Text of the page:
Only Dating Profiles: How They Can Be Used In Divorce Court
What was once considered fringe is now a full-fledged industry worth over $2 billion dollars. Dating apps like Tinder, OkCupid, Bumble, Hinge, and Coffee Meets Bagel have become a commonplace tool for those looking to find love.
They connect individuals to dozens of potential love interests to foster connections that otherwise may not have been made within the confines of everyday life. While the benefits of online dating are numerous, there are also downsides to the ease of access offered.
Online dating apps can foster choice overload, addiction, and make committing infidelity much easier. An uncommitted spouse could very easily download a dating app and gain instant access to a community of potential people to commit adultery with. Cheating on dating apps is an increasingly common cause of divorce.
If you’re in the midst of a contentious divorce and cheating was involved, you may be wondering what kind of evidence you can use against your spouse or what kind of evidence your spouse can use against you. The admittance of text messages and emails as evidence is now common in divorce cases, but what about dating apps? Can evidence from dating profiles be used as well?
Can Dating Profiles Be Used as Evidence in Divorce?
In short, dating profiles can be used as evidence in court, but there are certain requirements that must be met for the evidence to be admissible. In general, evidence is admissible in divorce court if it is relevant to the case and not confusing, misleading, overly prejudicial, superfluous, or a waste of time.
In terms of relevancy, evidence is considered relevant if it makes a material fact more or less probable than it would be without evidence. Of course, it must also be important to the case to determine if that fact is true or not.
In addition to being relevant, evidence must also be obtained legally and the party asking to admit a certain piece of evidence must be able to authenticate it (establish that the evidence is not fake or forged). If the evidence was obtained unlawfully or it is proven to be fake, it will not be admissible in court.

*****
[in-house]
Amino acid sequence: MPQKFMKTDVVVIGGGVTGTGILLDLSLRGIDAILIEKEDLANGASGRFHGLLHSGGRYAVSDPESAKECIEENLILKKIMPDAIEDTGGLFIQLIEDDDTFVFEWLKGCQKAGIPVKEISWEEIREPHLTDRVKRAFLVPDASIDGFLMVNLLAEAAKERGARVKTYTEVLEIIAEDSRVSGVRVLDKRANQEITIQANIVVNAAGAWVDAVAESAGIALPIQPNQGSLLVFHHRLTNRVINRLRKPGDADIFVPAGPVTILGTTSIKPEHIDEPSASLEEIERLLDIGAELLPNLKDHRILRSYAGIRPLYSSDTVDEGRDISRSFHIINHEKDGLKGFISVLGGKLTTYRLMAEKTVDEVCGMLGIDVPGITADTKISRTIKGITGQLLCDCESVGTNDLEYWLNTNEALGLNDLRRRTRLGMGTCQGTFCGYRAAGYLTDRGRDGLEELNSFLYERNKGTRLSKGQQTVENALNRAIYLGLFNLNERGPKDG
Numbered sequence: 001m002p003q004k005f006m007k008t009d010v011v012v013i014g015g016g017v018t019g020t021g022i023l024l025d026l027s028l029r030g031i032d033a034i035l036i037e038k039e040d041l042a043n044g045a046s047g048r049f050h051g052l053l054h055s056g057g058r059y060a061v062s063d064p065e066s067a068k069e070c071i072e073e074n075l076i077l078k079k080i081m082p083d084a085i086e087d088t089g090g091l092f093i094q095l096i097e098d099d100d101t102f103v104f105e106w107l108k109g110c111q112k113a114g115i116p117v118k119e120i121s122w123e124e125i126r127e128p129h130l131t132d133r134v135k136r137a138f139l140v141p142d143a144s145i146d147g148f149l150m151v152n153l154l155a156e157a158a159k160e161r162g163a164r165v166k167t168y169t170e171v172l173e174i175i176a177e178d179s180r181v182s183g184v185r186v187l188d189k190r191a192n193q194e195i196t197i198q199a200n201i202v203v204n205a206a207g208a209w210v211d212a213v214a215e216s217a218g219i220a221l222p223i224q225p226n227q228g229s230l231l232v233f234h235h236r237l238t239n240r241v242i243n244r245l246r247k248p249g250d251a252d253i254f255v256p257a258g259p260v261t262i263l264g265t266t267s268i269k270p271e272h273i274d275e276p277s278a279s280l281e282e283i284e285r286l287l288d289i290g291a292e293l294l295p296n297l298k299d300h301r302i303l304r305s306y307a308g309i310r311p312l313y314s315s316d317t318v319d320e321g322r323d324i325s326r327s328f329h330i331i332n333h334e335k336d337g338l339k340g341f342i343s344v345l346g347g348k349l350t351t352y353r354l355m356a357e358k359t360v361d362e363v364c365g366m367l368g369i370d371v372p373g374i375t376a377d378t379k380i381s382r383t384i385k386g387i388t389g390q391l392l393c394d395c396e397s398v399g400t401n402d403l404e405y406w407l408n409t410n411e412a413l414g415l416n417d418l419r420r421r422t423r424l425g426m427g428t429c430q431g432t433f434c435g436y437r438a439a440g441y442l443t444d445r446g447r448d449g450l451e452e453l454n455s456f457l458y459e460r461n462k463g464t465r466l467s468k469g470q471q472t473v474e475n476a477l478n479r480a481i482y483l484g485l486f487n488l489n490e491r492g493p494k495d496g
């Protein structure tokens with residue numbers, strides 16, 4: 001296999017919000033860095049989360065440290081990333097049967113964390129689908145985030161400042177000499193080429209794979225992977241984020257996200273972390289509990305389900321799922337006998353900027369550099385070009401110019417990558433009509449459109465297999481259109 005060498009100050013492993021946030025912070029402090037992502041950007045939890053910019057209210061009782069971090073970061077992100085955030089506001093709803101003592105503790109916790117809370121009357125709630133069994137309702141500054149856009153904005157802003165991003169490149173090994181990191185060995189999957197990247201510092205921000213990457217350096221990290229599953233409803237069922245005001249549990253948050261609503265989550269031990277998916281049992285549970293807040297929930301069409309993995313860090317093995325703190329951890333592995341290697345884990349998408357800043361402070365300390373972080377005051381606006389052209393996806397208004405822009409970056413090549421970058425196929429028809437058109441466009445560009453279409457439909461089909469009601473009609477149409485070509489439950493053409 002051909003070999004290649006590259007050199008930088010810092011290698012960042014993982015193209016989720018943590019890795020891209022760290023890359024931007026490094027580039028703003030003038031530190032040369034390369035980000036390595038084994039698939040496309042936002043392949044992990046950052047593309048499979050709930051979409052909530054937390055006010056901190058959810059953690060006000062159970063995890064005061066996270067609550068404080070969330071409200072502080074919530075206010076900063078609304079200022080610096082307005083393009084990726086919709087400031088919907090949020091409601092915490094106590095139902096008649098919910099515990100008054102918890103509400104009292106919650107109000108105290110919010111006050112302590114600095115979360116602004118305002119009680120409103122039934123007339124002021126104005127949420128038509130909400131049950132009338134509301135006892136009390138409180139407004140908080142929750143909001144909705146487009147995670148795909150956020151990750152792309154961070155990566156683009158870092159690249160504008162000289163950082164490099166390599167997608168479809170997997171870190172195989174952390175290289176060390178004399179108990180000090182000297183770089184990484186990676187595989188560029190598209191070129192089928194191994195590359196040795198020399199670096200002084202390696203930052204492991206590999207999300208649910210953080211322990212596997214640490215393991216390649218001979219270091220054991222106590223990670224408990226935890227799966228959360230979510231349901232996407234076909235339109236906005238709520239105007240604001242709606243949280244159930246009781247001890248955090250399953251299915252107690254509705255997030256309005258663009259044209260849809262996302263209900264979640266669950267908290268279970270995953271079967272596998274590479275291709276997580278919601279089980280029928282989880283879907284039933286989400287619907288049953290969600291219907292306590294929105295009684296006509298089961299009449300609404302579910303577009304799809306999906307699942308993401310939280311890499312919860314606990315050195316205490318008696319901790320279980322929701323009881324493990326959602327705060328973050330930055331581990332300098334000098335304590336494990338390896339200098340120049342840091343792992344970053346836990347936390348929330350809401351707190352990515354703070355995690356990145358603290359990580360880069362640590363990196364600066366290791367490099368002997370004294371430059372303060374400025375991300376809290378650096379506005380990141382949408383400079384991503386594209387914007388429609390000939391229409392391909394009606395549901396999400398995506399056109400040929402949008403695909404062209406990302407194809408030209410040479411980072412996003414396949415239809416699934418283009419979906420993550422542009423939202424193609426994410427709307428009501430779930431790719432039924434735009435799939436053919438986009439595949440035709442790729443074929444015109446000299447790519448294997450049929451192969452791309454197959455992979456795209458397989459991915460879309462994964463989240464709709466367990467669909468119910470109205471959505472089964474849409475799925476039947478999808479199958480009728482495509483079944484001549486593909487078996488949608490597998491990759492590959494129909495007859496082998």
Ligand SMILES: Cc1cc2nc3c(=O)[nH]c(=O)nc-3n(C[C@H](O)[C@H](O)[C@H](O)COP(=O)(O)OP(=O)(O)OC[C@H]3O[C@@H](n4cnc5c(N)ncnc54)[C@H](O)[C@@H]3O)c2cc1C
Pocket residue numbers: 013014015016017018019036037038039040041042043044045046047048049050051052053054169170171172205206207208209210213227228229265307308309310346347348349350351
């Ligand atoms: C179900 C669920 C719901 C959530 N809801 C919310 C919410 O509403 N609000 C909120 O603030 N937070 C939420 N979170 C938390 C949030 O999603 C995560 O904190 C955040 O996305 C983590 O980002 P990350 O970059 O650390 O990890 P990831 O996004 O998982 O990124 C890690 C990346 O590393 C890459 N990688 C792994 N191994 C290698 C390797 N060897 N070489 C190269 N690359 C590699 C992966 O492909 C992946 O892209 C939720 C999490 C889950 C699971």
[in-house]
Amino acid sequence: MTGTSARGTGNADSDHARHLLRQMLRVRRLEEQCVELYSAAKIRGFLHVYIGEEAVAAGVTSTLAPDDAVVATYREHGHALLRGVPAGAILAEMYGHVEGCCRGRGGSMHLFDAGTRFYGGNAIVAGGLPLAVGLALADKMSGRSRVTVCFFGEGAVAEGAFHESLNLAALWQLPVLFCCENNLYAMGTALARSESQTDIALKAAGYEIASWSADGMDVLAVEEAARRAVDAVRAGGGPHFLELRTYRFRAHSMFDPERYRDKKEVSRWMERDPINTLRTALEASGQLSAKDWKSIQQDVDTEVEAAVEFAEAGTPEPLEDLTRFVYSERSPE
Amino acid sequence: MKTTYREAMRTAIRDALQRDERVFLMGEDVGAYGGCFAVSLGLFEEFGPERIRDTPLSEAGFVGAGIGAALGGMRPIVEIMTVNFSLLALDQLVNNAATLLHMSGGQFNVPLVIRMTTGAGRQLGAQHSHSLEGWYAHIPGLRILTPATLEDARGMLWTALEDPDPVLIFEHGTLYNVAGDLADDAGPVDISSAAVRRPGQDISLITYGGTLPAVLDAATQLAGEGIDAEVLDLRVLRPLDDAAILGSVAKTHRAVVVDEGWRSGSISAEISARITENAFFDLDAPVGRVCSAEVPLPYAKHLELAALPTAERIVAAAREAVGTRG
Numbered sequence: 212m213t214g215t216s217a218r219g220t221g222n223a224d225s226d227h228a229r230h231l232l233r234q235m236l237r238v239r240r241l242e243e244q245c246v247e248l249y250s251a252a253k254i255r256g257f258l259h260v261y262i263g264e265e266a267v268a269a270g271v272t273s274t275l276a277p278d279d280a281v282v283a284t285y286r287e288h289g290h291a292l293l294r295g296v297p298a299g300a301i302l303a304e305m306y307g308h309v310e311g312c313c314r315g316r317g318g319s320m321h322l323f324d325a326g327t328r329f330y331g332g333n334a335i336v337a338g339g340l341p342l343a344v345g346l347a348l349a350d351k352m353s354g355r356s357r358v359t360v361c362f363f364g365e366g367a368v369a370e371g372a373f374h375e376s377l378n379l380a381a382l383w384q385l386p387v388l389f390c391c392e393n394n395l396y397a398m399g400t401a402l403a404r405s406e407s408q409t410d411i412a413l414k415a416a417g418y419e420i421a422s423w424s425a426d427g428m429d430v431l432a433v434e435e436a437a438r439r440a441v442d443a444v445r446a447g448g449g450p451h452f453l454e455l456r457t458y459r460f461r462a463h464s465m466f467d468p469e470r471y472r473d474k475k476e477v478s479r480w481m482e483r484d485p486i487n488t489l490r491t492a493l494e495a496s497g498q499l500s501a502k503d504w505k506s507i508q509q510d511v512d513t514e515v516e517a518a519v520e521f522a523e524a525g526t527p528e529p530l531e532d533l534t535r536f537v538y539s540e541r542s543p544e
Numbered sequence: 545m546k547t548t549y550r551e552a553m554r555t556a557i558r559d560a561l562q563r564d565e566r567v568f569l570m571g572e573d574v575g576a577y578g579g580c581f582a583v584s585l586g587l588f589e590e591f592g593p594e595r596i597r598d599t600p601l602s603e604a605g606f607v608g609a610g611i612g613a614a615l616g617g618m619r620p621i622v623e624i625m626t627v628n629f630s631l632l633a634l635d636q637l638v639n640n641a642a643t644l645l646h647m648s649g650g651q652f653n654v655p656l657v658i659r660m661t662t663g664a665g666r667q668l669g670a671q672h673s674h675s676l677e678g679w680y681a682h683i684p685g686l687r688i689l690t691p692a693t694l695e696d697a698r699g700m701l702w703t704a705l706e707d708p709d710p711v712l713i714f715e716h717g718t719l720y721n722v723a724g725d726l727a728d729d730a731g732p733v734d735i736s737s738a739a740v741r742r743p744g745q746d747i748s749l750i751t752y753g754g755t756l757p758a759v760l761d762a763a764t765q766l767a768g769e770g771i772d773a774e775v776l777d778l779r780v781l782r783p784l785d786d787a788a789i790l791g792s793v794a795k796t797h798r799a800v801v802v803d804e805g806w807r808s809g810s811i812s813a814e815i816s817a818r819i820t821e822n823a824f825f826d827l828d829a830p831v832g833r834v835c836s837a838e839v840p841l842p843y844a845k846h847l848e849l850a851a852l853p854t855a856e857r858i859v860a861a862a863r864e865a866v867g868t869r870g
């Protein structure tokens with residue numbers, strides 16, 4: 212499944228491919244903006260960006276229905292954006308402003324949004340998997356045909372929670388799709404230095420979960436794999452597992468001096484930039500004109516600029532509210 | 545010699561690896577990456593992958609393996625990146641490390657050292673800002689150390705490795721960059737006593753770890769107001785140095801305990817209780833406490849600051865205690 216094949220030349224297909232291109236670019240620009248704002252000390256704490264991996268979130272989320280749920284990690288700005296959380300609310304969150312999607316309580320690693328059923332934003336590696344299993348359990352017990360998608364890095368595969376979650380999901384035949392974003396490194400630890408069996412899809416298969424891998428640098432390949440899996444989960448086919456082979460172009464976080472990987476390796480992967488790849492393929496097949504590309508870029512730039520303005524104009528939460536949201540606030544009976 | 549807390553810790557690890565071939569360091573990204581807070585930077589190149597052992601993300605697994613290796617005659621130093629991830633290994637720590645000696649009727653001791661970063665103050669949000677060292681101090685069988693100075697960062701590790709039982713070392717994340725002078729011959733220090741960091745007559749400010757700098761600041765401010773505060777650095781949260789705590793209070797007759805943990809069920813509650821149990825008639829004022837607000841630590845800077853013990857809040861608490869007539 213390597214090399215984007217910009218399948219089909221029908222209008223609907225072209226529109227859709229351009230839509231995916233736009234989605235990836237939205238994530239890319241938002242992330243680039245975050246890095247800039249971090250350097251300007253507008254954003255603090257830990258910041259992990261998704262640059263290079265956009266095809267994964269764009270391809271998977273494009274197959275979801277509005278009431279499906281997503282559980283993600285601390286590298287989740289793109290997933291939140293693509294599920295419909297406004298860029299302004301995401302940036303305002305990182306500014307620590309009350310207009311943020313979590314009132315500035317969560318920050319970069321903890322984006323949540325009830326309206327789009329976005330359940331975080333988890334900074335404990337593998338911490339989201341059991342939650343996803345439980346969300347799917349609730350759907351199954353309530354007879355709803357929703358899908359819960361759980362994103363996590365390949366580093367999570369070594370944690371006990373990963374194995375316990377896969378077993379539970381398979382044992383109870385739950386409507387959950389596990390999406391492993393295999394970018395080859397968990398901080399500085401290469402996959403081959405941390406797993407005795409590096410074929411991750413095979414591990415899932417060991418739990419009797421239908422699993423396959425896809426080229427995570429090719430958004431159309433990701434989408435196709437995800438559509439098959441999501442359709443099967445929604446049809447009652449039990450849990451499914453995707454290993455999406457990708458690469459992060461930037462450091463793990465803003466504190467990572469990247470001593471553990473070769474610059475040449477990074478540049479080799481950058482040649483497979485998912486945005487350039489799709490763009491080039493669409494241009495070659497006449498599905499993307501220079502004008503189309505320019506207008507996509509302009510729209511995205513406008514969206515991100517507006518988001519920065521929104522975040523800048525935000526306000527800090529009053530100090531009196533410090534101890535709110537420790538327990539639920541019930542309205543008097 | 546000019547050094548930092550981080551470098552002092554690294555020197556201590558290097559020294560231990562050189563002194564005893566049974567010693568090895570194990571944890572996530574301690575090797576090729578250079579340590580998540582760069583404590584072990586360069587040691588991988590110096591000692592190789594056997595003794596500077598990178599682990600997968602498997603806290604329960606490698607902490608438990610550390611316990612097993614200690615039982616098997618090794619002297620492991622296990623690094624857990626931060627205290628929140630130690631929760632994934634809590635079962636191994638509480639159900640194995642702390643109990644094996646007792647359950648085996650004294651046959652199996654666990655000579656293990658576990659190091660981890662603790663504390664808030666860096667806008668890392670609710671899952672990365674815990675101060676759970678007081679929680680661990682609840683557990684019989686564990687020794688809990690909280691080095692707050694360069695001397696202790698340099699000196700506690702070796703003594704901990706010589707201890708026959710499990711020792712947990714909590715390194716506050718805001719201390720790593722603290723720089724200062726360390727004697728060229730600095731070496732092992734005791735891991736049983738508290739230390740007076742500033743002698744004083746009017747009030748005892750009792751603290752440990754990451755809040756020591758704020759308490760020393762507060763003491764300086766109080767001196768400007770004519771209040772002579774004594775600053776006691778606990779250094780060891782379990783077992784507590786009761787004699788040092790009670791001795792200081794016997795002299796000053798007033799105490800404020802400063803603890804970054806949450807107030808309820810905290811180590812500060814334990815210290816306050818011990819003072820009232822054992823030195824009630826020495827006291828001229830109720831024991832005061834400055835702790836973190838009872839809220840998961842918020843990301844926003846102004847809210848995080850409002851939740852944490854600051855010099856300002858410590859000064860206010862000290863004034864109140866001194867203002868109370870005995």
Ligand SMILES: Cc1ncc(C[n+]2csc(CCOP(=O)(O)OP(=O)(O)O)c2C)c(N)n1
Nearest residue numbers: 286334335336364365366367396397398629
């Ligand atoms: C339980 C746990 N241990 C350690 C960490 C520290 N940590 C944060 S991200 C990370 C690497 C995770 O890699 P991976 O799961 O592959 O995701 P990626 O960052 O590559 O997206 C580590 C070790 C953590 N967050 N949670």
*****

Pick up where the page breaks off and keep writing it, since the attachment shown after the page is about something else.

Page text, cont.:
By this token, dating app profile evidence can be admitted to the court during a divorce if the evidence is lawfully obtained, relevant to the case, and can be authenticated.
On the matter of relevancy, a spouse could argue that dating profile evidence is relevant if accusations of adultery are made. On the other hand, a spouse accused of adultery could argue that dating profile evidence is irrelevant if the dating profile was created after separation, therefore having no bearing on the divorce.
It’s important to note that adultery is not necessarily considered materially relevant to a divorce case in no-fault divorce states. An affair would be considered materially relevant in a no-fault state if marital property was wasted in support of an affair. True no-fault divorce states include:
If dating profile evidence comes from friends or family members who screenshot the profile or any match messages from their own dating profiles, the evidence would be considered legally obtained. However, if you snuck onto your spouse’s phone without permission, any resulting evidence would not be admissible.
Last but not least is the matter of authenticity. Because screenshots don’t contain EXIF data, it can be hard to determine if a screenshot is real or photoshopped. A party will have to submit circumstantial evidence that would allow a reasonable judge to conclude the dating profile is real. If a spouse believes someone else is using their photos on a dating profile they did not create or that the screenshots aren’t real, they may be able to successfully defend against the admittance of fake and prejudicial evidence.
Dating App Activity Can Be Tracked
If you suspect your spouse has been cheating on a dating app, but haven’t been able to prove it, or you’ve been cheating on a dating app and aren’t sure if your exploits can be tracked, it’s important to know that there are ways to determine if someone is using a dating app.
Apps like cheaterbuster will scan through Tinder to determine if your spouse has a profile. With the input of name, age, and geographic location, anyone can be found in a matter of seconds if they’ve been using the app. Buzz Humble does the same thing for Bumble and there are many other apps for finding a cheater on other various dating apps. The use of these apps can verify whether or not a profile exists so you can set out to obtain evidence.
Using Dating Profiles as Evidence in a Divorce Case
If you’d like to use your spouse’s dating profile as evidence in divorce court, it’s best to work with your divorce lawyer to obtain the evidence. Again, if you use sneaky or suspicious methods to capture dating profile evidence in a way that violates your spouse’s rights, it will be omitted in a court of law. Your lawyer can help you obtain online or electronic information via a subpoena. With legally obtained dating profile evidence, you can prove your spouse committed adultery.
This article originally appeared on DivorceMag.com
The post Only Dating Profiles: How They Can Be Used In Divorce Court appeared first on Divorced Moms.